NEW YORK, JUNE 25 -- Robert B. Anderson, a former Treasury secretary once described by Dwight D. Eisenhower as "the finest candidate we could have" for president, was sentenced today to a month in prison and five months of "house arrest" for his role in several illegal business schemes.

The 77-year-old Anderson, white-haired and frail-looking, told Judge Edmund L. Palmieri in a quiet voice that he felt "remorse, shame, sorrow and humiliation, after having had the privilege of serving in so many distinguished positions, to come to this in the twilight of my life."

Anderson, who served in Eisenhower's Cabinet, pleaded guilty in March to two felony counts carrying a maximum penalty of 10 years in prison and a $500,000 fine. He admitted that he illegally operated an offshore bank and evaded taxes on about $127,500 of income in 1984, most of it consulting fees from the Rev. Sun Myung Moon's Unification Church.

Anderson's attorney, Arthur H. Christy, said his client was "emotionally and financially bankrupt" after a long bout with alcoholism that has led to hospitalization 10 times since 1981. Christy blamed Anderson's "fall from grace" on his drinking and on the gradual deterioration of Anderson's wife, Ollie Mae, who died this month after suffering from Alzheimer's disease.

"I'm not sure, to use the vernacular, that he was playing with a full deck," Christy said of his client.

But Stuart Abrams, the federal prosecutor in charge of the case, said that Anderson was "a person who should have known better" and that his crimes illuminated "a theme of breach of trust" running through his business activities.

Several present and former government officials, including House Speaker Rep. Jim Wright (D-Tex.), Sen. Lloyd Bentsen (D-Tex.) and former New York mayor John V. Lindsay, wrote letters to Judge Palmieri urging leniency.

Palmieri said he found sentencing Anderson "difficult and painful" but emphasized that the offshore bank controlled by Anderson was deliberately established to serve tax evaders and money launderers.

"You committed a serious disservice," Palmieri told Anderson, who sat impassively at the defense table while the judge pronounced his sentence.

Besides one month in a federal prison and five months under court-supervised house arrest, Anderson's sentence includes five years of probation and enrollment in an alcohol-treatment program. Palmieri also ordered him to make a "good-faith effort" to repay depositors at his bank.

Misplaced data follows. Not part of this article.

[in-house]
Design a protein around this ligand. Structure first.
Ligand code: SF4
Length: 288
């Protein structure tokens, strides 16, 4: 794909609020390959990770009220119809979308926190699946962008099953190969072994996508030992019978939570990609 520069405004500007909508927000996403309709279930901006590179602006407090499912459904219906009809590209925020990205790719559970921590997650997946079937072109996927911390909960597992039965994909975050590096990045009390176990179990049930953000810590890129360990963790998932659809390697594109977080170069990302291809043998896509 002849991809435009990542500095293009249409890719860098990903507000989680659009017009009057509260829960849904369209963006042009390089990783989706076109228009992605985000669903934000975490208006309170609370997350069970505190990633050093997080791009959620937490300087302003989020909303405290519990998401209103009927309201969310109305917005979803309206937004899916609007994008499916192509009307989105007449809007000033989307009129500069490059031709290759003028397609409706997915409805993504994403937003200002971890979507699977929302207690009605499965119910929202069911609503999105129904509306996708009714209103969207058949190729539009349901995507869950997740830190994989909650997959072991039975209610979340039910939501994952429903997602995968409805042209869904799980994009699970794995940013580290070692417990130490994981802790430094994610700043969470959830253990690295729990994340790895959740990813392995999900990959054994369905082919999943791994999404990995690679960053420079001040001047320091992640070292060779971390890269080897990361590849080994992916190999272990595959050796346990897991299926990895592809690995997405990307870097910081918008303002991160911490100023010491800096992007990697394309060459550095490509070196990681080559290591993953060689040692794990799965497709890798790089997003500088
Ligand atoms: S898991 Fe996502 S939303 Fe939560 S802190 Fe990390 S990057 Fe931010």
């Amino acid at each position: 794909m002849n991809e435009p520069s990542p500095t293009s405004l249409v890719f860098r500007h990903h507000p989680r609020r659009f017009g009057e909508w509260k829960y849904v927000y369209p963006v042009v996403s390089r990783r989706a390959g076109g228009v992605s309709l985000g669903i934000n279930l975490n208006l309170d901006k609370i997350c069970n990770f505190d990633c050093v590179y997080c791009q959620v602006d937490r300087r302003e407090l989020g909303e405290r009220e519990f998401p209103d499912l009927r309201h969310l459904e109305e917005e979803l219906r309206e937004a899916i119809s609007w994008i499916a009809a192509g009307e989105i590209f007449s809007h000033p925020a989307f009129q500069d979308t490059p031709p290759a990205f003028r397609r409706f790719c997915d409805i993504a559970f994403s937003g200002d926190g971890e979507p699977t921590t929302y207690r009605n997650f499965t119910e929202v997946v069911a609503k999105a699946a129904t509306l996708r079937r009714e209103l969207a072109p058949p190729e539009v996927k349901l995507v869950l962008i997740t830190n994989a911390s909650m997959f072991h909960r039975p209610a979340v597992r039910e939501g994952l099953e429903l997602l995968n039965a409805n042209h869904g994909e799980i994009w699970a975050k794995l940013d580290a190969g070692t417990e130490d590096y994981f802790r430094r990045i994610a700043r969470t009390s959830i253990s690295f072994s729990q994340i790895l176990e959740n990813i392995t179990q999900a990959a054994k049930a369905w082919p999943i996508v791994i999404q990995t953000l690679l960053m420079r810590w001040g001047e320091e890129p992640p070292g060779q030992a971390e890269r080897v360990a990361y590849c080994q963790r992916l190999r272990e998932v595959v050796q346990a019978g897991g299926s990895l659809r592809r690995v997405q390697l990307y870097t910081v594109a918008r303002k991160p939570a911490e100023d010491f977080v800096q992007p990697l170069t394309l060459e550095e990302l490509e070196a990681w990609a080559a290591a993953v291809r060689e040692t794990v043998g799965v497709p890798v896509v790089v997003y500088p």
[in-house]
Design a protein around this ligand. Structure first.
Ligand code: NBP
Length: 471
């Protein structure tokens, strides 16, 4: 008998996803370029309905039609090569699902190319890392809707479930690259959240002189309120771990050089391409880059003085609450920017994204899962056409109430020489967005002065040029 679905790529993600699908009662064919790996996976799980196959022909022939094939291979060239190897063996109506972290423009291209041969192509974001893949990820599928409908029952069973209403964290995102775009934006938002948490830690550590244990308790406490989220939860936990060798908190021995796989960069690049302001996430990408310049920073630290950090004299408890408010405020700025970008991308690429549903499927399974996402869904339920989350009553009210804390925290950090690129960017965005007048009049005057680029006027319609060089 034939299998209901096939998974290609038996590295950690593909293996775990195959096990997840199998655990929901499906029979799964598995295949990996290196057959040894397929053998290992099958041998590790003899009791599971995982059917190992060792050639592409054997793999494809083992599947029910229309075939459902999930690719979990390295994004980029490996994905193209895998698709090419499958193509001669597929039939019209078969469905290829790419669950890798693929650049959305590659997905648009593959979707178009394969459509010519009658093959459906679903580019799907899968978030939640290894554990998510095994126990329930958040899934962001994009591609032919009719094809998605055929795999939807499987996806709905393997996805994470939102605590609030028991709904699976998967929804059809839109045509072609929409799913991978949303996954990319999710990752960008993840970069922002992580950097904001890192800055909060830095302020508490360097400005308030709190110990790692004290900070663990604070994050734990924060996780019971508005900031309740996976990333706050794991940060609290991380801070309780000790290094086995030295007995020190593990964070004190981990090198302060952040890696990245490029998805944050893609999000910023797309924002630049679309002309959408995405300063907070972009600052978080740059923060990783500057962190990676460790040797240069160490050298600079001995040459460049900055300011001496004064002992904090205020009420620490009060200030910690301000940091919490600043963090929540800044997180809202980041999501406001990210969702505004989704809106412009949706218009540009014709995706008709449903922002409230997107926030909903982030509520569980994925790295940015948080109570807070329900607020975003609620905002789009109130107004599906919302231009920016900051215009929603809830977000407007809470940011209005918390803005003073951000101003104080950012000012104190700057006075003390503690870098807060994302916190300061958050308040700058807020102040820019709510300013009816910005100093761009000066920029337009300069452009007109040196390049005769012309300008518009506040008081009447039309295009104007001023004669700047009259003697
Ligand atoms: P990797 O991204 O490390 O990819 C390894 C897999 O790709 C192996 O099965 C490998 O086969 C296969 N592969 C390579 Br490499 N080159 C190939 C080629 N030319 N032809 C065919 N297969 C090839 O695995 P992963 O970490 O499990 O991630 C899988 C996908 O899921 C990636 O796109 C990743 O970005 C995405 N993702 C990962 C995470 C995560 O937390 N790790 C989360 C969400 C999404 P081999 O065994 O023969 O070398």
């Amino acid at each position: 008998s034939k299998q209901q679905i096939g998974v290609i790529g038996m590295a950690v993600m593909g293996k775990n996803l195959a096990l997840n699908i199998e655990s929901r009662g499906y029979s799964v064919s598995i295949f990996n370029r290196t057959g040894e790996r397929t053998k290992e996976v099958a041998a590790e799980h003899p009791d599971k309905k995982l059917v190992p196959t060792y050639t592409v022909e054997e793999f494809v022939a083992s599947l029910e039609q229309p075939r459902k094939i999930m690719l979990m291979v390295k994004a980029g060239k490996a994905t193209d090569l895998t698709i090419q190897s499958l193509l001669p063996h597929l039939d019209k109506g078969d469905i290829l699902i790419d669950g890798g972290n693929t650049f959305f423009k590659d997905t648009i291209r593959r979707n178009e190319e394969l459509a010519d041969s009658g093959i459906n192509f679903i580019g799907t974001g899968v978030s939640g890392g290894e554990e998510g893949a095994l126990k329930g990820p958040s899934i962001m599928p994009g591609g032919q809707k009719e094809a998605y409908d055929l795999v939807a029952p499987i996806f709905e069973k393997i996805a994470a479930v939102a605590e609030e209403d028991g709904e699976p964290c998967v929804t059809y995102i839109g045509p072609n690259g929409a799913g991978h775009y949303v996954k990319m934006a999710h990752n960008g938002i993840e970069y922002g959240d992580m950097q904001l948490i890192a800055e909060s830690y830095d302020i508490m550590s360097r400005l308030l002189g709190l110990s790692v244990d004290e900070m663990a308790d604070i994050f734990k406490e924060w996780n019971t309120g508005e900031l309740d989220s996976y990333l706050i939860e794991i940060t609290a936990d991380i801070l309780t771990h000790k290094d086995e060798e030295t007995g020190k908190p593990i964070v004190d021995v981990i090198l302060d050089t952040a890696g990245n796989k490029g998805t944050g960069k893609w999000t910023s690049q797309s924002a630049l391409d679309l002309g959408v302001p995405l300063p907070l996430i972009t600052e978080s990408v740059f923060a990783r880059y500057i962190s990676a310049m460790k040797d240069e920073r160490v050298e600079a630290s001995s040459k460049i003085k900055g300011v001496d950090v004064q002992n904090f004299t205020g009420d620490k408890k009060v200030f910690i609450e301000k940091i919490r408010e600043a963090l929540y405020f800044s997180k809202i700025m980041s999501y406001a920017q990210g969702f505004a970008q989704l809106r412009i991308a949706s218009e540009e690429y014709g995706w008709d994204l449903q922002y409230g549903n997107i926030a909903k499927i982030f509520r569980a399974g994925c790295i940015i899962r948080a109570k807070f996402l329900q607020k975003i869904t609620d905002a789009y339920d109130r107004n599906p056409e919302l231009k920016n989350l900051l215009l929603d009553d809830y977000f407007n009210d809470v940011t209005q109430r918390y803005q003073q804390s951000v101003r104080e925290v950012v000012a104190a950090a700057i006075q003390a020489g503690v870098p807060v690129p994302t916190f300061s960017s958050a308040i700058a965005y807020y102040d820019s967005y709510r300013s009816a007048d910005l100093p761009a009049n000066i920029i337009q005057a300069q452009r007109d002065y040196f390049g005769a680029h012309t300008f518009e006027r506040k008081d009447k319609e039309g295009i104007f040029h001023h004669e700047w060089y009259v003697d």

Raised in a pious cotton-farming family in Burleson, Tex., Anderson's career in government began when he was elected to the Texas legislature in 1932. He later served as the state's chief tax commissioner and assistant attorney general.

After backing Eisenhower in the 1952 presidential race, Anderson was named Navy secretary in 1953. He became deputy secretary of defense the next year, then left government for a position with a mining company before Eisenhower named him to the Treasury post in 1957.

During Eisenhower's second term, Anderson was regarded as an influential Cabinet member who enjoyed the president's trust. According to a biography by Stephen Ambrose, Eisenhower favored Anderson for the presidency in 1956 before deciding to pursue a second term.

Despite Eisenhower's urging, Anderson declined to seek public office in 1960 and instead embarked on international business ventures. Along the way, he carried out discreet diplomatic missions for a succession of presidents.

Questions about Anderson's business dealings were raised as far back as 1970, when press reports detailed a complex series of transactions through which Anderson was said to have obtained a $1 million interest in a Texas oil venture while serving in Eisenhower's Cabinet. It was alleged that Anderson supported oil-import restrictions while in government in an effort to improve his investment.

The deals leading to Anderson's guilty plea began in 1983, according to government documents, when the former Treasury secretary and a partner opened an offshore bank in the West Indies. From offices on New York's Fifth Avenue, Anderson helped recruit depositors but failed to register his bank as required by federal law.

Ultimately, about $4 million of uninsured deposits was lost by the bank because of investments in fraudulent oil and gas projects.

During this same period, Anderson was on retainer to the World Conference on Economic and Social Order Inc., an organization associated with the Unification Church. Prosecutors said Anderson failed to report at least $79,000 in income from the group on his 1983 and 1984 tax returns.

The Manhattan U.S. attorney said he had no evidence of wrongdoing by the Unification Church in connection with this case.

In recent years, Anderson allegedly used an account at Riggs Bank in Washington to hide income and to channel $13,500 to two unidentified women with whom he had personal relationships.